The contest over the political identity of Tibet has led to a protracted conflict between Tibet and China and India and China. The Sino-Indian border issue is intrinsically linked with the question of Tibet’s political identity. In India, scholarship on this issue has tended to focus more on the Sino-Indian dimension of the Tibet issue. This book peels back the layers of history to delve into Tibet’s strategic importance in British, Chinese and Indian thinking and their attendant implications for the Sino-Indian border dispute. The book is a collection of earlier published articles of the author on various aspects of the Sino-Indian border dispute. It is comprehensive in scope and rich in historical detail providing the reader with integrated snapshots of the historical progression of the dispute from colonial times to the recent past. The book is also timely in that current relations between India and China, while on an upward curve, continue to simmer on the border question.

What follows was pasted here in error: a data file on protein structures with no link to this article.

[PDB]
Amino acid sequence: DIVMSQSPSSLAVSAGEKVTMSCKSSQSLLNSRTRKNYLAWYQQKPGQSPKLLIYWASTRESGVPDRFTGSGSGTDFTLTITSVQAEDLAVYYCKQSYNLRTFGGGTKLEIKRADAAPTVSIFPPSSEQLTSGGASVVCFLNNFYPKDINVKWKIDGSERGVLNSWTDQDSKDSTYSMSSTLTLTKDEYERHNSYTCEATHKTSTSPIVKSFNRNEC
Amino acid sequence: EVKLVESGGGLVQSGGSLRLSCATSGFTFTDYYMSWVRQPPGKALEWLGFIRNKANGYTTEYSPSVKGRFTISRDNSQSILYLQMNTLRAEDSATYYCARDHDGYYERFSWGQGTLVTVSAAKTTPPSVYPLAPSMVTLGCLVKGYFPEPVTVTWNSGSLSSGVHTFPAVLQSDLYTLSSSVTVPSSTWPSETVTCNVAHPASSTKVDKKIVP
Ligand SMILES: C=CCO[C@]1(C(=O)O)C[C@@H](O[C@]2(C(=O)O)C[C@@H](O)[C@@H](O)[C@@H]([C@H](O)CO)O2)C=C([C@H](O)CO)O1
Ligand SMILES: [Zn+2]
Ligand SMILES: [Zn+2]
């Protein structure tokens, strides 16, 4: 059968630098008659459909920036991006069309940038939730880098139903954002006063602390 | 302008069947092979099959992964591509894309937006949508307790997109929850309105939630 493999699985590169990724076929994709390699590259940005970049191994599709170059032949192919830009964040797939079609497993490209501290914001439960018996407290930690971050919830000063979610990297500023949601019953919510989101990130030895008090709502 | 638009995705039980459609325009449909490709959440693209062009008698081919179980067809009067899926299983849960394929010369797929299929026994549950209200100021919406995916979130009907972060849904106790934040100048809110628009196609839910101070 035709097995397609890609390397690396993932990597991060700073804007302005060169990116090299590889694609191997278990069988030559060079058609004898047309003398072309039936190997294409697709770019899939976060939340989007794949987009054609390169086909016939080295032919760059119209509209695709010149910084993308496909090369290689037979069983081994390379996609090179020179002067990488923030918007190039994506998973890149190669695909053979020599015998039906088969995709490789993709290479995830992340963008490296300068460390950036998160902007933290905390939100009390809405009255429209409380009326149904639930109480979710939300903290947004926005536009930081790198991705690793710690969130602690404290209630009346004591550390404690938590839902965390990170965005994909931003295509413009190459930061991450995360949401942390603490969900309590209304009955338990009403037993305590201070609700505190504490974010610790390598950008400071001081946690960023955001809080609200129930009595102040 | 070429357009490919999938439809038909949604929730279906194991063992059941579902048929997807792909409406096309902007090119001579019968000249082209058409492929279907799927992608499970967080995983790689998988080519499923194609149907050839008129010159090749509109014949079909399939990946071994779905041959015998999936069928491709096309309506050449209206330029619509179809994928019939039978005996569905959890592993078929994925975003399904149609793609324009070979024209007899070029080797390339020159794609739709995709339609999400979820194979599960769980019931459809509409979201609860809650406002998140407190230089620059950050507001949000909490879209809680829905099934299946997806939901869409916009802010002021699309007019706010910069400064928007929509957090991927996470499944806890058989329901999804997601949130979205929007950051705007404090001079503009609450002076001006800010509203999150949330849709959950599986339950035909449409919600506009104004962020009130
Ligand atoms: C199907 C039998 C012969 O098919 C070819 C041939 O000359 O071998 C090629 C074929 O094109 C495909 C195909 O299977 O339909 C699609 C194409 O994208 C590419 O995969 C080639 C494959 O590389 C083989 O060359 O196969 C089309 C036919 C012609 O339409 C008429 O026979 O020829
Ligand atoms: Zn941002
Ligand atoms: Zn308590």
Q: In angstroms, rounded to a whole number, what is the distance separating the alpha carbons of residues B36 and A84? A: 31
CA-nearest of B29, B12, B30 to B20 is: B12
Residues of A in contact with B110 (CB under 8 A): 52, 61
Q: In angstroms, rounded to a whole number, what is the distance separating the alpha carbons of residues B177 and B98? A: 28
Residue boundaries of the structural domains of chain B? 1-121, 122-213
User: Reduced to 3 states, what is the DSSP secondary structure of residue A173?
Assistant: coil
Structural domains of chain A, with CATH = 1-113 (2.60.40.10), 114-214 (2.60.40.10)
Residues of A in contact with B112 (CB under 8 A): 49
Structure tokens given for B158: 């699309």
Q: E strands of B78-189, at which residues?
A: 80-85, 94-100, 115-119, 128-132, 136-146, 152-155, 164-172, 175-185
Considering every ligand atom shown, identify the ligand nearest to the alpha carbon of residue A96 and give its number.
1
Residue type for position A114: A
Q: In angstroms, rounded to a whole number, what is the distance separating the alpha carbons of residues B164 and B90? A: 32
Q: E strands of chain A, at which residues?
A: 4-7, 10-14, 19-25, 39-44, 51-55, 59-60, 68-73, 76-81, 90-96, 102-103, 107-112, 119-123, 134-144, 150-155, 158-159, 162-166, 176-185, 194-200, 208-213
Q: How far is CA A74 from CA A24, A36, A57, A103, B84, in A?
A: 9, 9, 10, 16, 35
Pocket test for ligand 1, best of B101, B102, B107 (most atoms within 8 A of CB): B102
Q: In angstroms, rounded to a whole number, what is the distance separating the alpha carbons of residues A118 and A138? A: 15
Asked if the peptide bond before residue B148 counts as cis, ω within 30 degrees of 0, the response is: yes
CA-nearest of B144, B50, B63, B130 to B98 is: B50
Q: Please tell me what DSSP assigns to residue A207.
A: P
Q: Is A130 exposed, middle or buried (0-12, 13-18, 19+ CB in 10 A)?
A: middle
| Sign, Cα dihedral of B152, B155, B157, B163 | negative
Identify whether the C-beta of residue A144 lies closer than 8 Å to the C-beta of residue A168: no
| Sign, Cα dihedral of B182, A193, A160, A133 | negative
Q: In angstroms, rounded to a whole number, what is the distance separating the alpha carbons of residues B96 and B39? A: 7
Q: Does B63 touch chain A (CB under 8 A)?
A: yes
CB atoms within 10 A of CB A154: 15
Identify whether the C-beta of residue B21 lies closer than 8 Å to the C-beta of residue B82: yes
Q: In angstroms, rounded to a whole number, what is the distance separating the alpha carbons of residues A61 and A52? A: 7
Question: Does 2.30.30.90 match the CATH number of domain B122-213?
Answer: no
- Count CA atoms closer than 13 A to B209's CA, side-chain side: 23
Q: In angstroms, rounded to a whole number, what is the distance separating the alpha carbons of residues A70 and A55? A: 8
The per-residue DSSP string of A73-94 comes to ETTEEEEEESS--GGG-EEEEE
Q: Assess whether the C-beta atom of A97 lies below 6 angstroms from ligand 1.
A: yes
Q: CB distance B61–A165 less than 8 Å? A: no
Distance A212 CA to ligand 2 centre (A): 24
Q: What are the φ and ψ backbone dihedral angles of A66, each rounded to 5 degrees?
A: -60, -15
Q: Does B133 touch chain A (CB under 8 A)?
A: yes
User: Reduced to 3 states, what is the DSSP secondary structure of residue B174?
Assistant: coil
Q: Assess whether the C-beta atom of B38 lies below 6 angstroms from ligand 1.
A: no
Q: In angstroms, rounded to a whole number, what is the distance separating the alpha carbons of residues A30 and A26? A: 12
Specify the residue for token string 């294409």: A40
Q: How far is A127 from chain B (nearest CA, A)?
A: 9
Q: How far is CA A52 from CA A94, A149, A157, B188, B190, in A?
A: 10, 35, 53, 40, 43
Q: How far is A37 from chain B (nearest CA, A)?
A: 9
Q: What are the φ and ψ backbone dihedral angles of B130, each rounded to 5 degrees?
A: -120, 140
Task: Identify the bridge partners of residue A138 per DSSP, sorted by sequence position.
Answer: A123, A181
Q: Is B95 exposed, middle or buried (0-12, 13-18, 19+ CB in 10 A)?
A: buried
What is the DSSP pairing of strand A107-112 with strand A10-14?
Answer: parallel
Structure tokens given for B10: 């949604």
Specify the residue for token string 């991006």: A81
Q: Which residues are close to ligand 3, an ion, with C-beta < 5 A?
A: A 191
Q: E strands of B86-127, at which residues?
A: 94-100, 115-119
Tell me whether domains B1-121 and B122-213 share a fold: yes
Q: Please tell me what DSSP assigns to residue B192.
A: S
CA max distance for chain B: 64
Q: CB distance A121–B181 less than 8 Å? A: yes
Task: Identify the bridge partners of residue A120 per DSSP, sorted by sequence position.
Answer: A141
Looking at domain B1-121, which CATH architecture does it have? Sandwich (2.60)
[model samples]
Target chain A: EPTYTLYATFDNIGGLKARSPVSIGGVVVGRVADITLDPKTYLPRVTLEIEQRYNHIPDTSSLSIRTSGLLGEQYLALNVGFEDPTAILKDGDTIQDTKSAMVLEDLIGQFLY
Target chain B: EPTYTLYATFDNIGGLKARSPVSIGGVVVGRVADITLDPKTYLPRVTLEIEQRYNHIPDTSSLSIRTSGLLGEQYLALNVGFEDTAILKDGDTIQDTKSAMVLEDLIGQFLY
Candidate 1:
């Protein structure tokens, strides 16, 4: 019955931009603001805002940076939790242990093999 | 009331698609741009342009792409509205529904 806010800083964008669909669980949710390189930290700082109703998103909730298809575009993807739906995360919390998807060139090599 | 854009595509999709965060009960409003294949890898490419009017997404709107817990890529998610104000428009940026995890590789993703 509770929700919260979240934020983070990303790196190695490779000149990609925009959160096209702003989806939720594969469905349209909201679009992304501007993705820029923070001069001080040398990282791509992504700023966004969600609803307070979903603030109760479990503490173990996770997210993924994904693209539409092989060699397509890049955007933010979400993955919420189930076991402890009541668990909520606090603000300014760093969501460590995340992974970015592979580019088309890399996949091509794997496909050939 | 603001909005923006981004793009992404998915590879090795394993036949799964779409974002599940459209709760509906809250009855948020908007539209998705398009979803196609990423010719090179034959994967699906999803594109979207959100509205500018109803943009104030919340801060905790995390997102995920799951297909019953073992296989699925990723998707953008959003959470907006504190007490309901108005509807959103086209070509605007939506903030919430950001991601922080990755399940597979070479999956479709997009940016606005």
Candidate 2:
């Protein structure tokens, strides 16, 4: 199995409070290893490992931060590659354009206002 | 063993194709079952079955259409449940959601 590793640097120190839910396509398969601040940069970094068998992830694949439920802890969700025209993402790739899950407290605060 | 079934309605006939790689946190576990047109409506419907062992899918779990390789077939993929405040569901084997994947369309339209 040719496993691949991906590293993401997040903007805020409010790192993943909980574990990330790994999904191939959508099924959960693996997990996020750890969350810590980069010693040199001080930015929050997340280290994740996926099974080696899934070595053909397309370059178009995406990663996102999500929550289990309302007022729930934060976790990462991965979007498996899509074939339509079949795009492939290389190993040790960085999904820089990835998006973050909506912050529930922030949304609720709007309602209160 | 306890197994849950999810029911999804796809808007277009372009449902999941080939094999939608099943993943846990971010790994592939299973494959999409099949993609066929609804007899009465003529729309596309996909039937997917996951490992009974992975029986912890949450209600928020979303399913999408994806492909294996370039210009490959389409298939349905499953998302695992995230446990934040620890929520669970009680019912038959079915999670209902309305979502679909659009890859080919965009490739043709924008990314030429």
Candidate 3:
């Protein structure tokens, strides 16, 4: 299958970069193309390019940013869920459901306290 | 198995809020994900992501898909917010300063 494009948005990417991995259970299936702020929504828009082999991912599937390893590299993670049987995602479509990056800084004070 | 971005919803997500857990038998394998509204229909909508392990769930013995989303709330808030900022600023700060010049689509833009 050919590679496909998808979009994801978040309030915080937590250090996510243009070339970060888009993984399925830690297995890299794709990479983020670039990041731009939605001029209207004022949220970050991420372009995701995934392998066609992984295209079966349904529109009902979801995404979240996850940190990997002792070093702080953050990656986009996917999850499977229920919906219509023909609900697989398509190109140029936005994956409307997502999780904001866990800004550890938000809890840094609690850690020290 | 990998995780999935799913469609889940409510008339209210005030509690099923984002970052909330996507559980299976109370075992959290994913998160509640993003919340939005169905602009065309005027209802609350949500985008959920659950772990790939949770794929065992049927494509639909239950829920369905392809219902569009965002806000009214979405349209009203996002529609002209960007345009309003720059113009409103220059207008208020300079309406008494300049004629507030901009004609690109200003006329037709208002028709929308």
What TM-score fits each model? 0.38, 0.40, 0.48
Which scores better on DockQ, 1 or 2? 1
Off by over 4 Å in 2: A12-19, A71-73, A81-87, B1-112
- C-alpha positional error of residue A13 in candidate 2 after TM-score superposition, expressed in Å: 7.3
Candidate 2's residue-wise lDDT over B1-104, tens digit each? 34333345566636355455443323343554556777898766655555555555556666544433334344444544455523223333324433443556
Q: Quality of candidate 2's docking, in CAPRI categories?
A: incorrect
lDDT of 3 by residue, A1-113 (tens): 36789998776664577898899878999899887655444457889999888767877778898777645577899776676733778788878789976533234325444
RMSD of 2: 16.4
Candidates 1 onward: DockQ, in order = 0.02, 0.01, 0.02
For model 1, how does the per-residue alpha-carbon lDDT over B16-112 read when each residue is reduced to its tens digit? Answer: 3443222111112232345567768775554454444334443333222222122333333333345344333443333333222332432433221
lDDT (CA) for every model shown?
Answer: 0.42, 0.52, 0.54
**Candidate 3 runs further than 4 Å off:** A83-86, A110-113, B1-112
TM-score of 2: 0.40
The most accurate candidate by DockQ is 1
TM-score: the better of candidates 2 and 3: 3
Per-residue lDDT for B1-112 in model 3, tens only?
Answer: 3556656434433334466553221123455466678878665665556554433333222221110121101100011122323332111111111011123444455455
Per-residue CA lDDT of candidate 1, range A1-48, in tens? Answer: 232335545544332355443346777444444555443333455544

The book grounds the border issue in its historical context, examines the implications of past actions on present ground realities and provides an opportunity to debate the possible solutions to the dispute. Mehra has meticulously documented the wrangling over the frontier between the Chinese, British, and the princely Indian state of Kashmir. He does this through an impressive reconstruction of official communication between high-ranking representatives of the Crown in India and Hong Kong and between Maharaja Gulab Singh of Kashmir and the British. The period covered leads up to and after the fateful Shimla Conference of 1914. The crucial Younghusband expedition also figures here. The pieces put together reveal the British attempts to counter the growing Russian influence in the region as a prime objective of the Raj in Tibet. Mehra concludes that the Dogra ruler’s claims to Kashmir’s frontiers in the Tibetan plateau were compromised by the British in favour of the Chinese to stem Russian interests in the region. It is, of course, crucial to remember here that both India and China held the view that India had inherited its Tibet policy from the British. It would then appear that the Chinese while criticizing the British policy on imperialist grounds preserved the advantages of it!